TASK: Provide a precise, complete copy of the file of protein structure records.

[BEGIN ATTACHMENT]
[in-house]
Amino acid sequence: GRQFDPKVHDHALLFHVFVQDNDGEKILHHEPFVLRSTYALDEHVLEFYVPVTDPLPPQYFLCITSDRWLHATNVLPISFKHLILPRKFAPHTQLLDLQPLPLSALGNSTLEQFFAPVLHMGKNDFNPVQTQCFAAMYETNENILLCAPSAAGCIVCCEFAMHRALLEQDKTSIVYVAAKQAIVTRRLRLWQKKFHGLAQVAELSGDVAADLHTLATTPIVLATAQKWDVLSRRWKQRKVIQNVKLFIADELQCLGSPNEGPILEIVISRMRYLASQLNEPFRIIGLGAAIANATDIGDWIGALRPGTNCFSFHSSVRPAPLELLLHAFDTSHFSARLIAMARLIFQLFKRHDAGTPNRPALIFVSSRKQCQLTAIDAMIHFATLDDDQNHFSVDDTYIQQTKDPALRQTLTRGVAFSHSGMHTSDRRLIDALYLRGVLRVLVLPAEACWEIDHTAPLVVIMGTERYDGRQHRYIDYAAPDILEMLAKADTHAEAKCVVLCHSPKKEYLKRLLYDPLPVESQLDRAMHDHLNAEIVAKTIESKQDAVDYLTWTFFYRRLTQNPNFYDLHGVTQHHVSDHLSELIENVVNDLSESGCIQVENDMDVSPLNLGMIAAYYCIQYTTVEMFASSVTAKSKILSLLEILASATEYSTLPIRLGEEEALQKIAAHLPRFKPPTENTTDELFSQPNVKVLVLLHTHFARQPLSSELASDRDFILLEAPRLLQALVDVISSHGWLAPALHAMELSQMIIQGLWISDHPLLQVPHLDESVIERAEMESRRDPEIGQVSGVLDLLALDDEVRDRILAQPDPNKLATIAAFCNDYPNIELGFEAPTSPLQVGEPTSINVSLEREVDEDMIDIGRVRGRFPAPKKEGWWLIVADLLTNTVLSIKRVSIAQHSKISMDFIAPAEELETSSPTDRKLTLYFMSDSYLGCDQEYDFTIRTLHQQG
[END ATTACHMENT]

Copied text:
[in-house]
Amino acid sequence: GRQFDPKVHDHALLFHVFVQDNDGEKILHHEPFVLRSTYALDEHVLEFYVPVTDPLPPQYFLCITSDRWLHATNVLPISFKHLILPRKFAPHTQLLDLQPLPLSALGNSTLEQFFAPVLHMGKNDFNPVQTQCFAAMYETNENILLCAPSAAGCIVCCEFAMHRALLEQDKTSIVYVAAKQAIVTRRLRLWQKKFHGLAQVAELSGDVAADLHTLATTPIVLATAQKWDVLSRRWKQRKVIQNVKLFIADELQCLGSPNEGPILEIVISRMRYLASQLNEPFRIIGLGAAIANATDIGDWIGALRPGTNCFSFHSSVRPAPLELLLHAFDTSHFSARLIAMARLIFQLFKRHDAGTPNRPALIFVSSRKQCQLTAIDAMIHFATLDDDQNHFSVDDTYIQQTKDPALRQTLTRGVAFSHSGMHTSDRRLIDALYLRGVLRVLVLPAEACWEIDHTAPLVVIMGTERYDGRQHRYIDYAAPDILEMLAKADTHAEAKCVVLCHSPKKEYLKRLLYDPLPVESQLDRAMHDHLNAEIVAKTIESKQDAVDYLTWTFFYRRLTQNPNFYDLHGVTQHHVSDHLSELIENVVNDLSESGCIQVENDMDVSPLNLGMIAAYYCIQYTTVEMFASSVTAKSKILSLLEILASATEYSTLPIRLGEEEALQKIAAHLPRFKPPTENTTDELFSQPNVKVLVLLHTHFARQPLSSELASDRDFILLEAPRLLQALVDVISSHGWLAPALHAMELSQMIIQGLWISDHPLLQVPHLDESVIERAEMESRRDPEIGQVSGVLDLLALDDEVRDRILAQPDPNKLATIAAFCNDYPNIELGFEAPTSPLQVGEPTSINVSLEREVDEDMIDIGRVRGRFPAPKKEGWWLIVADLLTNTVLSIKRVSIAQHSKISMDFIAPAEELETSSPTDRKLTLYFMSDSYLGCDQEYDFTIRTLHQQG